Costs for traditional colleges and graduate schools are getting out of control. To make things worse, the high cost of such an investment doesn’t guarantee a good return. Consider these numbers from a recent Forbes article: “The numbers say it all: Since 1985, the price of college has increased a staggering 538 percent. Average student loan debt is approaching $30,000 per grad. And more than 50 percent of recent grads are either jobless or underemployed.”
Writer Matthew Walther perhaps laid it out the best in a recent article in The Week magazine: “Absolutely nothing about the way we pay for higher education in this country makes sense. University education in this country for everyone who is not certifiably brilliant, amazingly good at one or more sports, or from a wealthy background is a form of indentured servitude.
“Imagine you're a 17-year-old kid who has grown up with all the propaganda of middle-school guidance counselors telling you that you must go to college. You go for a campus visit and think it's really cool that in the dining hall closest to your dorm you can eat pizza or nachos whenever you want. Maybe you really like the idea of floating away your Saturdays in a "leisure pool" shaped like the initials of a football team you like watching on TV. You're definitely going to fill out that online promissory note in the financial aid office signing you up for five figures of debt.”
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While the skyrocketing cost of higher education is a major problem for millions of Americans, what if I told you that there’s another way to get the brass ring? Laurie Pickard is the author of “Don’t Pay for your MBA: The Faster, Cheaper, Better Way to Get the Business Education You Need” and also founded the No-Pay MBA blog. In addition to advising self-directed learners worldwide, she leveraged her self-made MBA into a successful career as a business and entrepreneurship development consultant, most recently as a private-sector development adviser for the U.S. Agency for International Development in Rwanda. I recently had the pleasure to interview Pickard to get the skinny on low and no-cost MBAs that can stack up against any traditional program out there.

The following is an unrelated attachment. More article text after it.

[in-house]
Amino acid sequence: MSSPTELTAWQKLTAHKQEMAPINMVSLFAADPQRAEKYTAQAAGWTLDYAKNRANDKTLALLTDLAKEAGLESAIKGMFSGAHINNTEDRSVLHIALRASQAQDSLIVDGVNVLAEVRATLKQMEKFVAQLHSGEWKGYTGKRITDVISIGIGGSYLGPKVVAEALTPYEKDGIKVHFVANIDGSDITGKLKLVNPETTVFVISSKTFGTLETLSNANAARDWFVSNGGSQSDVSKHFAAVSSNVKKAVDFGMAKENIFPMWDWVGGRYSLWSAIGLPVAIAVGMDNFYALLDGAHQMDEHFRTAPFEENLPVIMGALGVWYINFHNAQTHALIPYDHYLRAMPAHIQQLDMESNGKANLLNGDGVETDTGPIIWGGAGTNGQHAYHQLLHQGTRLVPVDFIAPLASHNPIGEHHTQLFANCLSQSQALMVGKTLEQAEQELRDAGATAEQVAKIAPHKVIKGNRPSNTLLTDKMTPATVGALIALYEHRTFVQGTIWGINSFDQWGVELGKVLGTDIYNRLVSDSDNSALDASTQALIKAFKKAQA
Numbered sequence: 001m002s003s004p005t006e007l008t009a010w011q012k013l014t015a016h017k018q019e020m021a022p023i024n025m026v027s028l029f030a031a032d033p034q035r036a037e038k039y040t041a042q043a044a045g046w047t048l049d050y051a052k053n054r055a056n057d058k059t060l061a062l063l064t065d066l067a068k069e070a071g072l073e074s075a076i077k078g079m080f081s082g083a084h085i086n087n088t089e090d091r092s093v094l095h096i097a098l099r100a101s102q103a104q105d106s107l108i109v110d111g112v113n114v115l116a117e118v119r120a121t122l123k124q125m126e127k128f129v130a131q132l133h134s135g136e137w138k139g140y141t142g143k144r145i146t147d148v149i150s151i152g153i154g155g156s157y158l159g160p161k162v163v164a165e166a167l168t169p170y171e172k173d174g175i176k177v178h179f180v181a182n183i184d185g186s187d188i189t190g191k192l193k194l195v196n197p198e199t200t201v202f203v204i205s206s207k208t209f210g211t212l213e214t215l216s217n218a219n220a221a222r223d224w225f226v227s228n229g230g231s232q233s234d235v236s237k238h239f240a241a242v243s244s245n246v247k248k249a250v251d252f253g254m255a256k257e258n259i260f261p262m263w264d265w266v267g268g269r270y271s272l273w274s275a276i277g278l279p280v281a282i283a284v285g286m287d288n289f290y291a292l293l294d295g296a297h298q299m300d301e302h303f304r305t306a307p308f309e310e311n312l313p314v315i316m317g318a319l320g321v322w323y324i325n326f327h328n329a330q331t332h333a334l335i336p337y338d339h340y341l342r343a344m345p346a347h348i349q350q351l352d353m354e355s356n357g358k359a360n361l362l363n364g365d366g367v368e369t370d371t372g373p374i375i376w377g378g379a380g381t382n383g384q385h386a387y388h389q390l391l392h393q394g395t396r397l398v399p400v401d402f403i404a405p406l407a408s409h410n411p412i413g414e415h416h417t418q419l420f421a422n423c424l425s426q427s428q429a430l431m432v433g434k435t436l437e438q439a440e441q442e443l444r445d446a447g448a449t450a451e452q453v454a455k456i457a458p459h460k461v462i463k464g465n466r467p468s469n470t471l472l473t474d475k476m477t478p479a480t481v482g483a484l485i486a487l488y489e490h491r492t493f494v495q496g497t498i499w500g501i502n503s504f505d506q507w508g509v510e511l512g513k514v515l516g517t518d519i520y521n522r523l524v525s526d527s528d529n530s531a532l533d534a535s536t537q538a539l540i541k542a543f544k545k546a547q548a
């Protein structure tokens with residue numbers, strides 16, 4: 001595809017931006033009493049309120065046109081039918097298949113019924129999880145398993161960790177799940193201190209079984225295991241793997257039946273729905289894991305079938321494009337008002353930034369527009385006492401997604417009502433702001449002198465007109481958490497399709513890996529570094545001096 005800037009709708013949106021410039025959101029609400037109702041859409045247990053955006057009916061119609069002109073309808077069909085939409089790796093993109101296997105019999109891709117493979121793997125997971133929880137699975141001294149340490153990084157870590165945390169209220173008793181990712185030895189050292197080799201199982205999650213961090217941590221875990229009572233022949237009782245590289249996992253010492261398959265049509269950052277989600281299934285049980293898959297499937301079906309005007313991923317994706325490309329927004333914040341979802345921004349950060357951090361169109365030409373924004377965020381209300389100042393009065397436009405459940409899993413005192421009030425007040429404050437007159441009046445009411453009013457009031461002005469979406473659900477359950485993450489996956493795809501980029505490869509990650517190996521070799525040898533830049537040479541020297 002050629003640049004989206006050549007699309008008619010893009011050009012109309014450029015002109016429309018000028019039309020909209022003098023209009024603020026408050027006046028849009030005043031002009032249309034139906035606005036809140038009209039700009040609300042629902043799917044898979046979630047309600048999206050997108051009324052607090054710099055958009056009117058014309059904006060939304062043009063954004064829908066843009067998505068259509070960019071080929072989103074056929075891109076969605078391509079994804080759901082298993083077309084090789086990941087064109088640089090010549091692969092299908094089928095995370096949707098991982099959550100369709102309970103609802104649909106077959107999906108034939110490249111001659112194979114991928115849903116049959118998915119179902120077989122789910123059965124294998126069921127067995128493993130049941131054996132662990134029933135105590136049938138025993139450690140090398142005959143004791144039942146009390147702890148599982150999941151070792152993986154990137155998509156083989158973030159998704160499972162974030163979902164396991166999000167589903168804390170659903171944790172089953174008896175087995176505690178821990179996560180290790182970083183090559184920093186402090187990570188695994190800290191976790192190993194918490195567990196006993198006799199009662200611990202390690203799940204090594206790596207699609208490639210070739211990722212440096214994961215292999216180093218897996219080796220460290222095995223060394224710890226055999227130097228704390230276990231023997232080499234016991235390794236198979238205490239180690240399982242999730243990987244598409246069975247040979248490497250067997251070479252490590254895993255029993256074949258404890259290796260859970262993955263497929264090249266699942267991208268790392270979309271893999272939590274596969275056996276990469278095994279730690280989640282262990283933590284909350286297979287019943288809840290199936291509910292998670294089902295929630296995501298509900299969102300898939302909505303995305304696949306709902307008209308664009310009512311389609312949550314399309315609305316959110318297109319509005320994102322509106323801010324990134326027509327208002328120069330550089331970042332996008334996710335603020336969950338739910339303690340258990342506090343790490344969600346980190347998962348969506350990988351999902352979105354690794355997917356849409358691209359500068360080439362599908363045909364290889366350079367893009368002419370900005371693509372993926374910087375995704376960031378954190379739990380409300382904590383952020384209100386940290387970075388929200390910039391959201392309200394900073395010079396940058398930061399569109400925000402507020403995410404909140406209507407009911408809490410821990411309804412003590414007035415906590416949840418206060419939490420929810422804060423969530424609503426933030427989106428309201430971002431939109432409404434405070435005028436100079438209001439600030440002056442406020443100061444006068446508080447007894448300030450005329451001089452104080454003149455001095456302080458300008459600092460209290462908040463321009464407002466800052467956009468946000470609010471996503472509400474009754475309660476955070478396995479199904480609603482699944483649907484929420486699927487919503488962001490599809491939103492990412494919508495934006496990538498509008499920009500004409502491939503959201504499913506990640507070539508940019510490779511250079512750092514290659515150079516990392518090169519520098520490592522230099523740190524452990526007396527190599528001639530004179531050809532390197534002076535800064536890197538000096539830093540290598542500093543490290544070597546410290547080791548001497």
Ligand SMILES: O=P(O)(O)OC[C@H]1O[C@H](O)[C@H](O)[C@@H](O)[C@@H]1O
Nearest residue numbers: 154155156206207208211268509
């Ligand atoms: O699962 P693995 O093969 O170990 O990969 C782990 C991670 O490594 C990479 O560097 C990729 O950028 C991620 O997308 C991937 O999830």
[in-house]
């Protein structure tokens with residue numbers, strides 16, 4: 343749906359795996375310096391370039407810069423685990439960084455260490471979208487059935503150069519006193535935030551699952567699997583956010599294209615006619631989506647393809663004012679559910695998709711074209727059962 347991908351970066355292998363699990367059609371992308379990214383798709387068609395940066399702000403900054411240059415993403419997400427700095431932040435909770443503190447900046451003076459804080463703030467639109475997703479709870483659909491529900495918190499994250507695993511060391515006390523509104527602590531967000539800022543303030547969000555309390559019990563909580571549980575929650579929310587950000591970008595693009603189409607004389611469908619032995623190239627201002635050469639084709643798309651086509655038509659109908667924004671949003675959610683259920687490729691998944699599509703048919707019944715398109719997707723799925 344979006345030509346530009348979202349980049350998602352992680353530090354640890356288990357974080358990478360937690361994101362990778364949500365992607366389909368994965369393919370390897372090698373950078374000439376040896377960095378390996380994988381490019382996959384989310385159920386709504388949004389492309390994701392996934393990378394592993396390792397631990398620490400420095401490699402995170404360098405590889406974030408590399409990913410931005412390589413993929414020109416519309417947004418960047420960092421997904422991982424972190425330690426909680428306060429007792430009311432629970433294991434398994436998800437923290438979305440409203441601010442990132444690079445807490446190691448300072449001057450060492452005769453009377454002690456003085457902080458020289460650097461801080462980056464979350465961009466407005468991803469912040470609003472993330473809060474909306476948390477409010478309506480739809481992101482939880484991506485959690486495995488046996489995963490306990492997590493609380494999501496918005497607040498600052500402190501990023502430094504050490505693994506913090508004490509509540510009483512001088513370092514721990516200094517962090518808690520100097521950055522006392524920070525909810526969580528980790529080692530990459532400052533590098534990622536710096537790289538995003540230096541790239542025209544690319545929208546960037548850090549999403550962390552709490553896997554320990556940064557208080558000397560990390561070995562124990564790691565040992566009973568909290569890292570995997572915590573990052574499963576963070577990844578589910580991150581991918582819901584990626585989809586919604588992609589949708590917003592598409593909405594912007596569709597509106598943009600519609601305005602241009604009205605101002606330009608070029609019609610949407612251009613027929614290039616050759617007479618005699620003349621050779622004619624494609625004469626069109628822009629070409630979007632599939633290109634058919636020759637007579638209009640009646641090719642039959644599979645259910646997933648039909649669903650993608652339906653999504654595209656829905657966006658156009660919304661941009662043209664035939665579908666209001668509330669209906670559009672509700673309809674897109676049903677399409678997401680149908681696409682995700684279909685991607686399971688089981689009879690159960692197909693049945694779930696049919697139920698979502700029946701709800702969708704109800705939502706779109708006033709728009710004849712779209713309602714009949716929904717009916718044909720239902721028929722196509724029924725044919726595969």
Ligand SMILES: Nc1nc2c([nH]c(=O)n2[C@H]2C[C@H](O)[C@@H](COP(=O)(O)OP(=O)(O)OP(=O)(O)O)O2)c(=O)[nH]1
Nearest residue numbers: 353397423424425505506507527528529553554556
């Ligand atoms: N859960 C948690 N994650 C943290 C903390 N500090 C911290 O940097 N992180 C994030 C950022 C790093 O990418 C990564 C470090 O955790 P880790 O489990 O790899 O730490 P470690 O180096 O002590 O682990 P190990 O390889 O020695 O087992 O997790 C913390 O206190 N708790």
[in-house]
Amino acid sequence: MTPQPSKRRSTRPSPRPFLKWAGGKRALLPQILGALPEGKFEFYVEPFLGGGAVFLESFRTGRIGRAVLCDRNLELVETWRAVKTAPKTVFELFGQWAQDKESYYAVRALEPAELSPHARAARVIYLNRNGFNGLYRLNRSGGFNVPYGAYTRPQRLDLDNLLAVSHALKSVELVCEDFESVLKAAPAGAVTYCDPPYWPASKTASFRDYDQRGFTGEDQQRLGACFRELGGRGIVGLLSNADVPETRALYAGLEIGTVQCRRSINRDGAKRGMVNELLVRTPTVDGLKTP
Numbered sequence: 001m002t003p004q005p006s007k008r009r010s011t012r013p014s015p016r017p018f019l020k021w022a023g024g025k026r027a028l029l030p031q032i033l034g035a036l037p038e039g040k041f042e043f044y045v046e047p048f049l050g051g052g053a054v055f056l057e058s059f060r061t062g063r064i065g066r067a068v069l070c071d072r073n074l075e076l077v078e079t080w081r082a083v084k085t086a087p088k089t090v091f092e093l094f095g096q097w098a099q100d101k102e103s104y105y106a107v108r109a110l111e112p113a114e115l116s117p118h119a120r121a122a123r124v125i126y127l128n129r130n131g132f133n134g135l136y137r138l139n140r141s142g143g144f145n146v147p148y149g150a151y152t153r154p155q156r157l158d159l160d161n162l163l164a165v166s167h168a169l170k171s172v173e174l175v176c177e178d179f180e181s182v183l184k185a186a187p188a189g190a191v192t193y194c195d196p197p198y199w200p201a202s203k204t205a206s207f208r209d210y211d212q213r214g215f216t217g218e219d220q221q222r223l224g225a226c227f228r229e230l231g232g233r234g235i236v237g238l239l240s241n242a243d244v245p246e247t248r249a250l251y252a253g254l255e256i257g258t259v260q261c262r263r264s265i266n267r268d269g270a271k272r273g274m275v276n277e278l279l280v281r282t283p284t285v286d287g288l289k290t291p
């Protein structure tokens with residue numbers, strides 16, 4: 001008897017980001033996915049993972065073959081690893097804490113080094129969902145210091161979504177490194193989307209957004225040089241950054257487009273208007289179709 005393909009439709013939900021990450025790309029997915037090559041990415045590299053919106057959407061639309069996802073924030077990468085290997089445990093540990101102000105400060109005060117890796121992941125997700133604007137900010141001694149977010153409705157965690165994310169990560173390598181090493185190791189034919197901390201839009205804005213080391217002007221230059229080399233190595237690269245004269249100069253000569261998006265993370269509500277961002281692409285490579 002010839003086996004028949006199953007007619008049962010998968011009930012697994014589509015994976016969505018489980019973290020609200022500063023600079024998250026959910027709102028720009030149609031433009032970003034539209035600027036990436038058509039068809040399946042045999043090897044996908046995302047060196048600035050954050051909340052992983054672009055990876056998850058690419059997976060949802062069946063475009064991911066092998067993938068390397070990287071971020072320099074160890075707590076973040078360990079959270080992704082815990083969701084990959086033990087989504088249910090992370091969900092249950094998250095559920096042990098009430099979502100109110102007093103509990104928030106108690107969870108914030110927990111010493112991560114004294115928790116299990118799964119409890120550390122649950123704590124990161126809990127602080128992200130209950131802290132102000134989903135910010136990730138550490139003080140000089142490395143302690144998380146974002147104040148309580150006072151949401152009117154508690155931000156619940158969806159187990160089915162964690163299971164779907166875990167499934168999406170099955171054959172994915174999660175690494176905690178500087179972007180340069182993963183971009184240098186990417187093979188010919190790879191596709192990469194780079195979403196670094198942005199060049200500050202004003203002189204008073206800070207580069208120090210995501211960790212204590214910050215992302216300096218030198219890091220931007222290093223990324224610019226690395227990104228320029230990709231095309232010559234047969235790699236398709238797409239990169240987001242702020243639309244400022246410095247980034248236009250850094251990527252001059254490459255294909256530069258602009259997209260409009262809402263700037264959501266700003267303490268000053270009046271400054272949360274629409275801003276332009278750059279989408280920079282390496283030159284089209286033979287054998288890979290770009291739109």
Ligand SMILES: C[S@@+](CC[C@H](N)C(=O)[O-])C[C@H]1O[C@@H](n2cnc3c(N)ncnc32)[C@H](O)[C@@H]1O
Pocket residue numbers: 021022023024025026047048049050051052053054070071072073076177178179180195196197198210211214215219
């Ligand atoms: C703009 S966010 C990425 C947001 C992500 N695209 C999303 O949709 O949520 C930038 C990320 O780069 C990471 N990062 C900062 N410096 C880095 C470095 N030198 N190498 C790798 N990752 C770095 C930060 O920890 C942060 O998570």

Mark Fadden (MF): “Why are you such a firm believer in the power and payoff of massive open online courses (MOOCs) for career-climbers, career-changers and entrepreneurs? “
Laurie Pickard (LP): “Because the course materials come from prestigious universities and are of extremely high quality. Online courses offered as MOOCs include lectures, readings and assignments, just like a regular college course. The low cost and high quality of these courses make them a great value for people who are looking to grow their skills, change careers, or start a business. Because you don’t have to commit to an entire degree program, you can easily study just what you need, course by course.”
MF: “You chronicled your self-directed MOOC-based MBA journey in your blog, No-Pay MBA. Besides providing the foundation for your book, how did the experience open up doors for you?”
LP: “I was working in the foreign aid industry when I started the No-Pay MBA project. My coursework helped me to see opportunities for the government agency I worked for to connect with private businesses. Ultimately, this focus on public-private partnerships for poverty reduction led to a promotion and a raise. The project also opened up doors in education technology. I am now working for an ed-tech startup. And of course, I was able to write a book to help others get a similar low-cost, career-launching business education.”
MF: “What was the total cost of your non-traditional MBA? How does that compare with the average total cost of a traditional, two-year MBA program?”